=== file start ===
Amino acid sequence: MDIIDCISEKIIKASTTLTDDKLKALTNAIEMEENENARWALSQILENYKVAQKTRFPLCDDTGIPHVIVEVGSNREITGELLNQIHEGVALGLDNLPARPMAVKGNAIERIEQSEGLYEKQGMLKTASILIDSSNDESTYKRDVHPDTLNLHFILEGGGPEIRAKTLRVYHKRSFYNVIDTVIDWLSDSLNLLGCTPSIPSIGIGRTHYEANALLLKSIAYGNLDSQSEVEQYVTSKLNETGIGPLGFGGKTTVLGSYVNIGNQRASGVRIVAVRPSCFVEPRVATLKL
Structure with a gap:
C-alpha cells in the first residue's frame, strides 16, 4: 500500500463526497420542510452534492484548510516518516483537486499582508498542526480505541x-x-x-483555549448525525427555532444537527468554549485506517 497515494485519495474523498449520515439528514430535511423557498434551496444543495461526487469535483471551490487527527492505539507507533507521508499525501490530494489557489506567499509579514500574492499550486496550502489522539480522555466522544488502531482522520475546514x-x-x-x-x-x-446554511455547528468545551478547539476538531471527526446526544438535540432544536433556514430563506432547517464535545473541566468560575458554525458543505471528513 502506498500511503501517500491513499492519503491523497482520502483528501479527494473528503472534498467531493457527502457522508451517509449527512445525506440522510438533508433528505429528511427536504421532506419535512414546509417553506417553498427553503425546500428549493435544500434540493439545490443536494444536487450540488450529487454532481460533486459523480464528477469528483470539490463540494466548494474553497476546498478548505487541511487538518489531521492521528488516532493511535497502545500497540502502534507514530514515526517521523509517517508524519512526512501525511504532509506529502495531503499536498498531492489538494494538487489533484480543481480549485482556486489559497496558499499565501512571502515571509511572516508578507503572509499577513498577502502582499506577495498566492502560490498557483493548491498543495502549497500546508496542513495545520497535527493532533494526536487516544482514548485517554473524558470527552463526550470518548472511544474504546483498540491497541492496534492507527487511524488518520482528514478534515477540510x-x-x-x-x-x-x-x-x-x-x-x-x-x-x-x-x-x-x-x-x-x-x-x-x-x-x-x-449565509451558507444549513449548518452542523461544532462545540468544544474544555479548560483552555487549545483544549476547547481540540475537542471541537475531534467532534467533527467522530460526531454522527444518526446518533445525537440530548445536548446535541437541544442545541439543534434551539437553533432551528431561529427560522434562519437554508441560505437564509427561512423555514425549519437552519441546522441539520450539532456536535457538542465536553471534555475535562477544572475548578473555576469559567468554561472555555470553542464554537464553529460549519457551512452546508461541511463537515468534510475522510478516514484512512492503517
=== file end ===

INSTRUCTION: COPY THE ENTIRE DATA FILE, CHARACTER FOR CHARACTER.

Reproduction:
Amino acid sequence: MDIIDCISEKIIKASTTLTDDKLKALTNAIEMEENENARWALSQILENYKVAQKTRFPLCDDTGIPHVIVEVGSNREITGELLNQIHEGVALGLDNLPARPMAVKGNAIERIEQSEGLYEKQGMLKTASILIDSSNDESTYKRDVHPDTLNLHFILEGGGPEIRAKTLRVYHKRSFYNVIDTVIDWLSDSLNLLGCTPSIPSIGIGRTHYEANALLLKSIAYGNLDSQSEVEQYVTSKLNETGIGPLGFGGKTTVLGSYVNIGNQRASGVRIVAVRPSCFVEPRVATLKL
Structure with a gap:
C-alpha cells in the first residue's frame, strides 16, 4: 500500500463526497420542510452534492484548510516518516483537486499582508498542526480505541x-x-x-483555549448525525427555532444537527468554549485506517 497515494485519495474523498449520515439528514430535511423557498434551496444543495461526487469535483471551490487527527492505539507507533507521508499525501490530494489557489506567499509579514500574492499550486496550502489522539480522555466522544488502531482522520475546514x-x-x-x-x-x-446554511455547528468545551478547539476538531471527526446526544438535540432544536433556514430563506432547517464535545473541566468560575458554525458543505471528513 502506498500511503501517500491513499492519503491523497482520502483528501479527494473528503472534498467531493457527502457522508451517509449527512445525506440522510438533508433528505429528511427536504421532506419535512414546509417553506417553498427553503425546500428549493435544500434540493439545490443536494444536487450540488450529487454532481460533486459523480464528477469528483470539490463540494466548494474553497476546498478548505487541511487538518489531521492521528488516532493511535497502545500497540502502534507514530514515526517521523509517517508524519512526512501525511504532509506529502495531503499536498498531492489538494494538487489533484480543481480549485482556486489559497496558499499565501512571502515571509511572516508578507503572509499577513498577502502582499506577495498566492502560490498557483493548491498543495502549497500546508496542513495545520497535527493532533494526536487516544482514548485517554473524558470527552463526550470518548472511544474504546483498540491497541492496534492507527487511524488518520482528514478534515477540510x-x-x-x-x-x-x-x-x-x-x-x-x-x-x-x-x-x-x-x-x-x-x-x-x-x-x-x-449565509451558507444549513449548518452542523461544532462545540468544544474544555479548560483552555487549545483544549476547547481540540475537542471541537475531534467532534467533527467522530460526531454522527444518526446518533445525537440530548445536548446535541437541544442545541439543534434551539437553533432551528431561529427560522434562519437554508441560505437564509427561512423555514425549519437552519441546522441539520450539532456536535457538542465536553471534555475535562477544572475548578473555576469559567468554561472555555470553542464554537464553529460549519457551512452546508461541511463537515468534510475522510478516514484512512492503517